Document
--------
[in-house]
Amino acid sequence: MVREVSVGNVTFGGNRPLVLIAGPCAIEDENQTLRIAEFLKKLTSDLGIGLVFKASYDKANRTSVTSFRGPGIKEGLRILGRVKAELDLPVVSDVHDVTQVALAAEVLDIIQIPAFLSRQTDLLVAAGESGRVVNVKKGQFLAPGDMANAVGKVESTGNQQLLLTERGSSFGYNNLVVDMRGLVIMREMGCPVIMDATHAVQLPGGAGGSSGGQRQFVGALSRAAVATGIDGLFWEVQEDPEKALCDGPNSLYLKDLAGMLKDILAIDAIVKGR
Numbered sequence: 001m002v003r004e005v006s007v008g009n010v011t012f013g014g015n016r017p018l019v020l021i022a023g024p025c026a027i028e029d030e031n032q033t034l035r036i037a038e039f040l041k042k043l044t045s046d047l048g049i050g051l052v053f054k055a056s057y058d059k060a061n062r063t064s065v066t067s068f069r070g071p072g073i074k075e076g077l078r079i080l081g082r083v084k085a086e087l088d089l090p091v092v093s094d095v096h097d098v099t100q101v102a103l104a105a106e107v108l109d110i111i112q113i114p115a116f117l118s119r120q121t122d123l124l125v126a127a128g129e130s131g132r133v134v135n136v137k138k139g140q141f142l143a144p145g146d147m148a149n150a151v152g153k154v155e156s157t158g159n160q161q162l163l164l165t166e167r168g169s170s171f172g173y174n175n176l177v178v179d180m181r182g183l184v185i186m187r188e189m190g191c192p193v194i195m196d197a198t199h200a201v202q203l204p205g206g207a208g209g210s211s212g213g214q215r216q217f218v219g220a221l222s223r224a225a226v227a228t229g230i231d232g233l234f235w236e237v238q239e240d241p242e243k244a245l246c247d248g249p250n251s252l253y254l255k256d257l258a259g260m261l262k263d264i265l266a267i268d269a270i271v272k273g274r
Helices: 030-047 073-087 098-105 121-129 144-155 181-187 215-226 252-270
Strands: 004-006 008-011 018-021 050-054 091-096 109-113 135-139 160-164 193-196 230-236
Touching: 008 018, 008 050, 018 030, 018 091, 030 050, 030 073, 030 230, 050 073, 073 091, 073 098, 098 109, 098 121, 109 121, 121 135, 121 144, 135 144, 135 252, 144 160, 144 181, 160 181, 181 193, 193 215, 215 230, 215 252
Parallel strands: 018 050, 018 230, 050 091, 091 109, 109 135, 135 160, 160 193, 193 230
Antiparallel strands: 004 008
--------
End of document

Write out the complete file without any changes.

[in-house]
Amino acid sequence: MVREVSVGNVTFGGNRPLVLIAGPCAIEDENQTLRIAEFLKKLTSDLGIGLVFKASYDKANRTSVTSFRGPGIKEGLRILGRVKAELDLPVVSDVHDVTQVALAAEVLDIIQIPAFLSRQTDLLVAAGESGRVVNVKKGQFLAPGDMANAVGKVESTGNQQLLLTERGSSFGYNNLVVDMRGLVIMREMGCPVIMDATHAVQLPGGAGGSSGGQRQFVGALSRAAVATGIDGLFWEVQEDPEKALCDGPNSLYLKDLAGMLKDILAIDAIVKGR
Numbered sequence: 001m002v003r004e005v006s007v008g009n010v011t012f013g014g015n016r017p018l019v020l021i022a023g024p025c026a027i028e029d030e031n032q033t034l035r036i037a038e039f040l041k042k043l044t045s046d047l048g049i050g051l052v053f054k055a056s057y058d059k060a061n062r063t064s065v066t067s068f069r070g071p072g073i074k075e076g077l078r079i080l081g082r083v084k085a086e087l088d089l090p091v092v093s094d095v096h097d098v099t100q101v102a103l104a105a106e107v108l109d110i111i112q113i114p115a116f117l118s119r120q121t122d123l124l125v126a127a128g129e130s131g132r133v134v135n136v137k138k139g140q141f142l143a144p145g146d147m148a149n150a151v152g153k154v155e156s157t158g159n160q161q162l163l164l165t166e167r168g169s170s171f172g173y174n175n176l177v178v179d180m181r182g183l184v185i186m187r188e189m190g191c192p193v194i195m196d197a198t199h200a201v202q203l204p205g206g207a208g209g210s211s212g213g214q215r216q217f218v219g220a221l222s223r224a225a226v227a228t229g230i231d232g233l234f235w236e237v238q239e240d241p242e243k244a245l246c247d248g249p250n251s252l253y254l255k256d257l258a259g260m261l262k263d264i265l266a267i268d269a270i271v272k273g274r
Helices: 030-047 073-087 098-105 121-129 144-155 181-187 215-226 252-270
Strands: 004-006 008-011 018-021 050-054 091-096 109-113 135-139 160-164 193-196 230-236
Touching: 008 018, 008 050, 018 030, 018 091, 030 050, 030 073, 030 230, 050 073, 073 091, 073 098, 098 109, 098 121, 109 121, 121 135, 121 144, 135 144, 135 252, 144 160, 144 181, 160 181, 181 193, 193 215, 215 230, 215 252
Parallel strands: 018 050, 018 230, 050 091, 091 109, 109 135, 135 160, 160 193, 193 230
Antiparallel strands: 004 008